Criminals making VOIP calls: Cops seek DoT help

Criminals making VOIP calls: Cops seek DoT help

Crime Branch sources said the move comes after repeated instances of criminals using VOIP calls in recent years

THE Mumbai Police Crime Branch has written to the Department of Telecommunication (DoT), seeking a solution to the use of Voice Over Internet Protocol (VOIP) calls by criminals, which have proved to be a hindrance in its investigations. The letter cites instances of criminals making VOIP calls and says law-enforcement agencies across the country will forever be caught on the backfoot unless the government enforces a law requiring internet service providers to track calls made via internet.

Crime Branch sources said the move comes after repeated instances of criminals using VOIP calls in recent years. Sources said the letter — sent to the office of the Secretary (DoT) on Monday — seeks legal provisions to make it mandatory for internet service providers to keep a log of all calls made through their services, along with details like the location from where the call was made, so that these details can be accessed by law-enforcement agencies if required. The letter adds that as the DoT is a Central government department, such a legal provision will benefit law-enforcement agencies across the country, the sources said.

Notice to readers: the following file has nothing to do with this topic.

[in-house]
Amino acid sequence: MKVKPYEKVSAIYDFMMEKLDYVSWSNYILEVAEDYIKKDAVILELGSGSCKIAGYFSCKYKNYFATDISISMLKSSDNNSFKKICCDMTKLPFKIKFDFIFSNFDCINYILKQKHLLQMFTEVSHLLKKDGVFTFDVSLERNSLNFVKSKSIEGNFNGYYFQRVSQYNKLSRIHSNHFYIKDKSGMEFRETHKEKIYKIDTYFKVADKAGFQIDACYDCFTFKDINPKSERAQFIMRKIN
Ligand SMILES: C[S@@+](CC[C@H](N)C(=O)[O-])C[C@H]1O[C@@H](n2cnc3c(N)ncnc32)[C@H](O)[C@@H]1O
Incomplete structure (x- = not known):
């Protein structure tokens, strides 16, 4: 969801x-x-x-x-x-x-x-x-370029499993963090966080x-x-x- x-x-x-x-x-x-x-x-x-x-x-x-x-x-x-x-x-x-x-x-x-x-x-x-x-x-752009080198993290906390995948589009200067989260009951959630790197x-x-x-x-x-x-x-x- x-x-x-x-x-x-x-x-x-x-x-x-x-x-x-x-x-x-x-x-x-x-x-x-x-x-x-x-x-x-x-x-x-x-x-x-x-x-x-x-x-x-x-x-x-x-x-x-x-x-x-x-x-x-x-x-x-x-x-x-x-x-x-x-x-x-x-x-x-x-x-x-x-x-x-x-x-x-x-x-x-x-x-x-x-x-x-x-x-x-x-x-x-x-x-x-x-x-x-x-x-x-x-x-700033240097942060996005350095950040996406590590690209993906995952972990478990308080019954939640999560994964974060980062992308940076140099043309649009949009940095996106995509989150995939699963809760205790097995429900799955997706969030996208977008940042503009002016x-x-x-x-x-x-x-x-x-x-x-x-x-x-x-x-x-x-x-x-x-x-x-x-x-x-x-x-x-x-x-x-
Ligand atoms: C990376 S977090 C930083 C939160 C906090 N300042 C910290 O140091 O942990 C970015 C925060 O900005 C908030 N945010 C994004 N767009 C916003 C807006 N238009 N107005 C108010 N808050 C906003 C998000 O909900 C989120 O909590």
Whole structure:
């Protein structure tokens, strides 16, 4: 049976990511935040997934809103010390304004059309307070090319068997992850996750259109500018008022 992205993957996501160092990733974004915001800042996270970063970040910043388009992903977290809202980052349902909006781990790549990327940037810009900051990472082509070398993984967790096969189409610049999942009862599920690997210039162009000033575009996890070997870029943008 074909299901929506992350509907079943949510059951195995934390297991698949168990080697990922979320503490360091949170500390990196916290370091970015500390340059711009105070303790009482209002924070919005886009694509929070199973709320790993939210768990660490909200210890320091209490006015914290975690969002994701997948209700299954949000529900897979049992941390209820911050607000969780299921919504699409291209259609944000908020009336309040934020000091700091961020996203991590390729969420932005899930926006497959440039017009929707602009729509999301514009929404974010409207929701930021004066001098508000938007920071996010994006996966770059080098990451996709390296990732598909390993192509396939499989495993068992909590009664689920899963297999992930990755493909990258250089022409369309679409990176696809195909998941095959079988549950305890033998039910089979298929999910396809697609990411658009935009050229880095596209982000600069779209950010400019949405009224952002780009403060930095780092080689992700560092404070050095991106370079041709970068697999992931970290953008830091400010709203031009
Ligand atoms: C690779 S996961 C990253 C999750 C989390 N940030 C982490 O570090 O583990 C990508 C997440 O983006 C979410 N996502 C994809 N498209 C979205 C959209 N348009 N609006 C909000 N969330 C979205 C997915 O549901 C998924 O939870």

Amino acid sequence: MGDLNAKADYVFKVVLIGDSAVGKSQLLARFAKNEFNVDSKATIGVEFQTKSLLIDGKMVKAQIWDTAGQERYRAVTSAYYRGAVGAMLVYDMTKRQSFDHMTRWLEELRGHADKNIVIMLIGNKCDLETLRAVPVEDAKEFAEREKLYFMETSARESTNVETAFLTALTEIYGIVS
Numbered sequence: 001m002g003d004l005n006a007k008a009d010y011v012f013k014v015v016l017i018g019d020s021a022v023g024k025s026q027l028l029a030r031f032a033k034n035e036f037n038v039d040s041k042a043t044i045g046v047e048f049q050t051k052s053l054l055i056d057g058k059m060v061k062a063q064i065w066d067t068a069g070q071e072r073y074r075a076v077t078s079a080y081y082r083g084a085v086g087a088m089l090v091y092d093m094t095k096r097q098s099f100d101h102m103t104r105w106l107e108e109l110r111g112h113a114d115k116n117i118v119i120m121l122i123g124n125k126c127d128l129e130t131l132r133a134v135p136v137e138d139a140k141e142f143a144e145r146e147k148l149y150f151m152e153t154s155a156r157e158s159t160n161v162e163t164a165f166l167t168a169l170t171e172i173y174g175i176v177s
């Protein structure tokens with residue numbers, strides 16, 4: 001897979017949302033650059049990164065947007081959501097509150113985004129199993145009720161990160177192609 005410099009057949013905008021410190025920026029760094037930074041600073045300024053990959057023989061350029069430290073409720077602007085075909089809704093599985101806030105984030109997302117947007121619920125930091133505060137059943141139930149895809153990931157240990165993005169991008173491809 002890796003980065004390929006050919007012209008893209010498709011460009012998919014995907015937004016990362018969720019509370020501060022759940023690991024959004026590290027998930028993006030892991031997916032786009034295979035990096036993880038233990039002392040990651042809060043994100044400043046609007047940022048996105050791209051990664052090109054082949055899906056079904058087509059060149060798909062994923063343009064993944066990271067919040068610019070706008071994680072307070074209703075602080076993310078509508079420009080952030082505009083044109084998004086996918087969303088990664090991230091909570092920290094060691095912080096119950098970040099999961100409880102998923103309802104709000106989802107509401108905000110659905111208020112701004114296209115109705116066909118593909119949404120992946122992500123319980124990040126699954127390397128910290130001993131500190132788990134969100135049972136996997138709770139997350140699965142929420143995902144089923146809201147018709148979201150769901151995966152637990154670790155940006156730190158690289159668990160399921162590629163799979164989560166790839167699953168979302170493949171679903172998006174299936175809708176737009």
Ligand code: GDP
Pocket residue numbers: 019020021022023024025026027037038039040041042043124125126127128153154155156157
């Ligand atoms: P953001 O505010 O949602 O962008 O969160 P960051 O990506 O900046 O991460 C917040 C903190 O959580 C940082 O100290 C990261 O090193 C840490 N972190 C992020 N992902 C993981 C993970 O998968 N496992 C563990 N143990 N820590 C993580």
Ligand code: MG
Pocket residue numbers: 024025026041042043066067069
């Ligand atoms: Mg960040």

“We first saw the use of VOIP calls during the 26/11 terror attacks of 2008 and, since then, the practice has become alarmingly common among criminals, especially underworld elements who operate from outside the country. As long as they have enforcers operating here, all they need to do is to relay instructions to them through VOIP calls and we will never be able to trace their location unless internet service providers record details of calls. At present, we cannot even fault the service providers as they are not bound by law to do so,” said a Crime Branch officer.

Last week, the Crime Branch had arrested eight accused who were allegedly working for wanted fugitive Suresh Pujari. “Pujari personally relayed instructions to several of the accused and all the calls were made via the internet. He also made a couple of calls to the target. In spite of so many calls made by him and the fact that we have the cellphones on which the calls were received, there is no way to track his location or the location from which he made the calls,” said the officer.
Another officer said over the last few years, several wanted criminals, including Rajendra Nikhalje alias Chhota Rajan and Shakeel Babumiyan Sheikh alias Chhota Shakeel, have also been using VOIP calls to either relay instructions to their men in the city or to call up targets.

When contacted, Joint Commissioner of Police (Crime) Atulchandra Kulkarni said, “There are certain problems faced by law-enforcement agencies when it comes to internet telephony and we are approaching the agencies concerned for solutions.”